Affordability Has Nothing to do with Home Prices or Rates -RealtyTrac
Jann Swanson | Mortgage News Daily |Oct 30 2014 | link
“A real estate market that should be flying high is instead a real estate market that is faltering,” according to Brian Mushaney, Executive Vice President, Data Solutions, for RealtyTrac. Writing in the current issue of RealtyTrac’s Housing News Report he points to a market which he says should be a buyer’s paradise in many ways, with property values well below historic affordability levels, banks with tons of cash to loan, interest rates near their all-time lows, and foreclosures abating.
“So why,” he asks, writing, “have home sales stalled in recent months? It is an issue of affordability he says, but not the way we usually think about it.
The 30 percent of income as a measure of the maximum to be spent on housing doesn’t work today because markets vary enormously. The better approach is a relative measure that compares a market or a micro-market to itself rather than to other markets. He uses Omaha and San Francisco as examples of two places that are essentially incomparable. The percentage of income needed to buy in Omaha (17 percent in a recent survey) won’t work in San Francisco. Even though median household incomes are 45 percent higher in the latter area, it requires 75 percent of that median income to buy.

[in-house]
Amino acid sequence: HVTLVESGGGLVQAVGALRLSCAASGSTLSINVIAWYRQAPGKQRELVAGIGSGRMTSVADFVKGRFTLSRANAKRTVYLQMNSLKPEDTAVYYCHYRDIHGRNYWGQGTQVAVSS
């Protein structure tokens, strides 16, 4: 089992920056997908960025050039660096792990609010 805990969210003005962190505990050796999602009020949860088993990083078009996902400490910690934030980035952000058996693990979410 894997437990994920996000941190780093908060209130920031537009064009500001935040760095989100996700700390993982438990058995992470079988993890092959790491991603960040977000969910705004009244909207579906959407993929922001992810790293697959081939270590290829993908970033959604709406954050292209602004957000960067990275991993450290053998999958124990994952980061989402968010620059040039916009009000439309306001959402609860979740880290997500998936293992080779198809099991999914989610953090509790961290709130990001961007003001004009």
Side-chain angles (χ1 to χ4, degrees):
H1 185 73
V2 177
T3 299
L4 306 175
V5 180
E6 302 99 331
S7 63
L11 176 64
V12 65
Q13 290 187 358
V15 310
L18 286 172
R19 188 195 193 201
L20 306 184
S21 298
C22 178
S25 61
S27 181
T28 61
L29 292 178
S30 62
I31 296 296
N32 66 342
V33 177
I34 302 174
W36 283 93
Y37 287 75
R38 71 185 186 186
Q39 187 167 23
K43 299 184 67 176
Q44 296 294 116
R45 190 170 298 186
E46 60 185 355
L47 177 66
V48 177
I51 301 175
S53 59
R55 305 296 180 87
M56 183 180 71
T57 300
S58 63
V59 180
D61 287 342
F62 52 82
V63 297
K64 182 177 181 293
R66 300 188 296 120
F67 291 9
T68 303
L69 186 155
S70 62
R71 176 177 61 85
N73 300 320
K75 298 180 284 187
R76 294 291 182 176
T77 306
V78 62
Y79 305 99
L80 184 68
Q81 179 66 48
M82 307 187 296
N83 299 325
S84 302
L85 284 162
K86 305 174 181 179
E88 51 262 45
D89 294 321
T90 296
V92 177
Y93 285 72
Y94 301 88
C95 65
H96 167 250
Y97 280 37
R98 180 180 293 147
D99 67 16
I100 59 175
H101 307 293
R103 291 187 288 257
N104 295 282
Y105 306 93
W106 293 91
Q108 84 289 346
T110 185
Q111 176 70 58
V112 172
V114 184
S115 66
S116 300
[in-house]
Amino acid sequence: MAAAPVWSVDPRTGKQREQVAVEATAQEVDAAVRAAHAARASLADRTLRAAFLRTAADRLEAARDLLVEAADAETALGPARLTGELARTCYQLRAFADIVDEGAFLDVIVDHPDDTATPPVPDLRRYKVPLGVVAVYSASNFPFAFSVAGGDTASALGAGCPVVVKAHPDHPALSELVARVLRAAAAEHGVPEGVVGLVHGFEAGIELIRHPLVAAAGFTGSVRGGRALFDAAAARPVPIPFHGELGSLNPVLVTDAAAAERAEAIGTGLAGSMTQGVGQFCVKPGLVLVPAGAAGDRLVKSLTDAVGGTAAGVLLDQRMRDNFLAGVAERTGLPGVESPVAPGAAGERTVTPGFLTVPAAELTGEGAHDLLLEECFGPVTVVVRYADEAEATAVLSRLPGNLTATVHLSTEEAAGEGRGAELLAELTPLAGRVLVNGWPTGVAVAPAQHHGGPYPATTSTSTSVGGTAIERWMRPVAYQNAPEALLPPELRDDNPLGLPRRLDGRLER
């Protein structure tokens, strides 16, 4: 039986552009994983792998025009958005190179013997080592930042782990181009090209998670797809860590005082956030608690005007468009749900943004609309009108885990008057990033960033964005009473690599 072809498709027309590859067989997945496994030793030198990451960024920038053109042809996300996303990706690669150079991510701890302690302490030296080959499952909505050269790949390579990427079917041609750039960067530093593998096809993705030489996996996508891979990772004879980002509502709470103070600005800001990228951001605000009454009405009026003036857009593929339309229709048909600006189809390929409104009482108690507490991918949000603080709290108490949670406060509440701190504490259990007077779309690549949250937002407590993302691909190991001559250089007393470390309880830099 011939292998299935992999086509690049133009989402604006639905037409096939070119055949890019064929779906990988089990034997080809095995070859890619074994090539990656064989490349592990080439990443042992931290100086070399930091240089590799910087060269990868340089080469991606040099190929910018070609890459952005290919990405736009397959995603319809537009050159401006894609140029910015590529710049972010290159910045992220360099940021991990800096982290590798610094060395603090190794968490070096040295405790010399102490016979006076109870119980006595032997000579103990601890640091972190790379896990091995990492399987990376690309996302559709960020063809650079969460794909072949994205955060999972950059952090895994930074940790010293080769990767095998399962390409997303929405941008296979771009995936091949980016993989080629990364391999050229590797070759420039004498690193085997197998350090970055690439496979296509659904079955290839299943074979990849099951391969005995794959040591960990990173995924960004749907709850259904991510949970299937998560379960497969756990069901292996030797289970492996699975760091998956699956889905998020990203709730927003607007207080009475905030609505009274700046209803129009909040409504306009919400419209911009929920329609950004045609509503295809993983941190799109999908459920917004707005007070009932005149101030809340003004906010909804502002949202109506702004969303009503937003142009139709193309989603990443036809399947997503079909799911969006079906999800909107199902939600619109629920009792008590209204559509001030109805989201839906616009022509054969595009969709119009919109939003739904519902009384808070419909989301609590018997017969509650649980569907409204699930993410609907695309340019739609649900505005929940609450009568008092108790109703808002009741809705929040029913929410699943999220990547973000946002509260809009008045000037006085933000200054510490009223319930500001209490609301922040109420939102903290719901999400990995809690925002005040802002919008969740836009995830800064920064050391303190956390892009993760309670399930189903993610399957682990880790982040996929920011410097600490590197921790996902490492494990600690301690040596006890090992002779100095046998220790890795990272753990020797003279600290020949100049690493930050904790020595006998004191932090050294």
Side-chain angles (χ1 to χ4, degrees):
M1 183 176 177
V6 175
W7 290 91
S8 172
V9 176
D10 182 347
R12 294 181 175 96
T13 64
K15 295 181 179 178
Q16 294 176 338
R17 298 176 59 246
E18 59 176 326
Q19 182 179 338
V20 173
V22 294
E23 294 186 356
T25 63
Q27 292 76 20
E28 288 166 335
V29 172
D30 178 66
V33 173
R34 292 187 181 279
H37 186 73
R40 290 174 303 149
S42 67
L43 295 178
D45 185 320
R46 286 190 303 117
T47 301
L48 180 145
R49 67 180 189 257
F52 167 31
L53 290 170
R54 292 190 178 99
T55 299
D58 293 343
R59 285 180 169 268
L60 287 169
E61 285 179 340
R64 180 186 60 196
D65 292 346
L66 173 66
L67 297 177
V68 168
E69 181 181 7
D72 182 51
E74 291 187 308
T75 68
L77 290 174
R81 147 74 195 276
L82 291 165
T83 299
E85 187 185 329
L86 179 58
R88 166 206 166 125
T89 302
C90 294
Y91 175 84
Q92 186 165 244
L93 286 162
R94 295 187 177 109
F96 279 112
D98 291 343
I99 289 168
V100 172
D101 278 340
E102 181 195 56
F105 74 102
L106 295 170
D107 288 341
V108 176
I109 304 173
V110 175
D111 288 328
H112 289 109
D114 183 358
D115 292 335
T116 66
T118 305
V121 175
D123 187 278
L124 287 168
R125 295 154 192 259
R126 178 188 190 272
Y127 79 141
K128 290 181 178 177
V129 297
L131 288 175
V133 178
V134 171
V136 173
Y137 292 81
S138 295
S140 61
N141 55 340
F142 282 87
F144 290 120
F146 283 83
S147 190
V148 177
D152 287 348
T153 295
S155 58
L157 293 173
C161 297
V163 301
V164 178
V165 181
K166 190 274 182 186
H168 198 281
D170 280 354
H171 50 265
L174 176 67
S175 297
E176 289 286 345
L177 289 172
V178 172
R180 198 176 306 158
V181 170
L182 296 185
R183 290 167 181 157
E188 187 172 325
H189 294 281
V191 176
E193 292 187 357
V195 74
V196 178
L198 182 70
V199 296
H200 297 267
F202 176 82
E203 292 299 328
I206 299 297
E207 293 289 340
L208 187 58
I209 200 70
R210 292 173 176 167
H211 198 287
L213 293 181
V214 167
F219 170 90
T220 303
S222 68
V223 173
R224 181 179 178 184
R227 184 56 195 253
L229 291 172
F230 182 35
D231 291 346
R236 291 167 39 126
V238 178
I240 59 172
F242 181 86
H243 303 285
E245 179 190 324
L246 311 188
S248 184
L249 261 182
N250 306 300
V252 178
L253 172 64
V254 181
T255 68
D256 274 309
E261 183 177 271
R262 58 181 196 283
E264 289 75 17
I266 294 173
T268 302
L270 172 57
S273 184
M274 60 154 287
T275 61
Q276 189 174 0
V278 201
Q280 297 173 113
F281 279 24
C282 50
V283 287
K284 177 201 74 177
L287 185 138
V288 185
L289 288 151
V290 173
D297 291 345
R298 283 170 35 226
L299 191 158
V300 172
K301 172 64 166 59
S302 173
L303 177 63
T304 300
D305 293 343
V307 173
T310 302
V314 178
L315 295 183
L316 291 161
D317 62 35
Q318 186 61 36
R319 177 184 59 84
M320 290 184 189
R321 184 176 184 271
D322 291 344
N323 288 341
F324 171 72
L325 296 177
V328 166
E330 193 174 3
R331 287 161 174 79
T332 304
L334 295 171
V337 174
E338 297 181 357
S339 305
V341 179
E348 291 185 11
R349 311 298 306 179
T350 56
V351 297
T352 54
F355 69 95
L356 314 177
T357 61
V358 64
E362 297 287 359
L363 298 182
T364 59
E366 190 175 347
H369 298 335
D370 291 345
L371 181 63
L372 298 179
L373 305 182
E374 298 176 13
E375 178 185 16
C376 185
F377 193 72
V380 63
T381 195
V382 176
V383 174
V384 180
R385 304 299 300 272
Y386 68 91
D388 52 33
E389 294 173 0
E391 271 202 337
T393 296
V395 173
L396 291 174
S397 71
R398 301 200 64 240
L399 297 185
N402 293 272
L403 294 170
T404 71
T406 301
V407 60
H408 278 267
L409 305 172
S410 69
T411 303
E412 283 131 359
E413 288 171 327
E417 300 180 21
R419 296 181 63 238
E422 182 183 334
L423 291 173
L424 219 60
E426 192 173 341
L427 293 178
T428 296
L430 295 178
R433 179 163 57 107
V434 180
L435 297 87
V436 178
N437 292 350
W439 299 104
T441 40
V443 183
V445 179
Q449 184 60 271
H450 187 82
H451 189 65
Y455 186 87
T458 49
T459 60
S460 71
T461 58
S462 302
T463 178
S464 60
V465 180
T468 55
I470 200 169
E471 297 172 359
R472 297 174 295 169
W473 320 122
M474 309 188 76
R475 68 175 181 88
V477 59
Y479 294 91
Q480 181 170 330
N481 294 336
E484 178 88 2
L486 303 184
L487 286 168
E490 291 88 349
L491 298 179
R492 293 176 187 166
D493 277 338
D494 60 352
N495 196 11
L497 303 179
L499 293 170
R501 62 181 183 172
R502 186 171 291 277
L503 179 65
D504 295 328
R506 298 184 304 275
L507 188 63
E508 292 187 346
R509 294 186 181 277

Looked at another way, the MIT Living Wage Calculator shows it takes $18.64 per hour for a household with two adults and two children to “make it” in Douglas County, Nebraska (Omaha) whereas the same family would need $25.44 in San Francisco.
Mushaney said that “for our purposes” affordability raises two issues. First, communities which are not affordable will soon run out of teachers, first responders and many other professionals the community needs to survive. “Second, when affordability sags you have fewer first-time buyers and that means trouble.”
RealtyTrac’s data shows that sales of lower priced houses, those most likely to be first-time purchases, have “fallen through the floor. It’s the clearest demonstration of a first-time buyer affordability gap.” And without first-time buyers there will be no buyers able to move to their second home and so on up the tiers.
So back to the issue of affordability. Home prices rose quickly last year but appreciation has slowed and real estate values have not yet reached (except in a few cities such as the major ones in Texas and in Denver) to their previous pre-crisis peaks. So property, the author says, is comparatively affordable.
Then too, “lender vaults are stuffed with cash”, perhaps as much as $2 trillion in excess funds and that has caused mortgage rates to stall in the low 4 percent range whereas just before the housing crisis (April 2007) the Freddie Mac rate was 6.18 percent. This means a huge differential in payments. A $200,000 loan in 2007 would have carried a payment of $1,222.34; at the end of this past July the Freddie Mac’s 4.12 rate would cost the borrower $958.72 each month.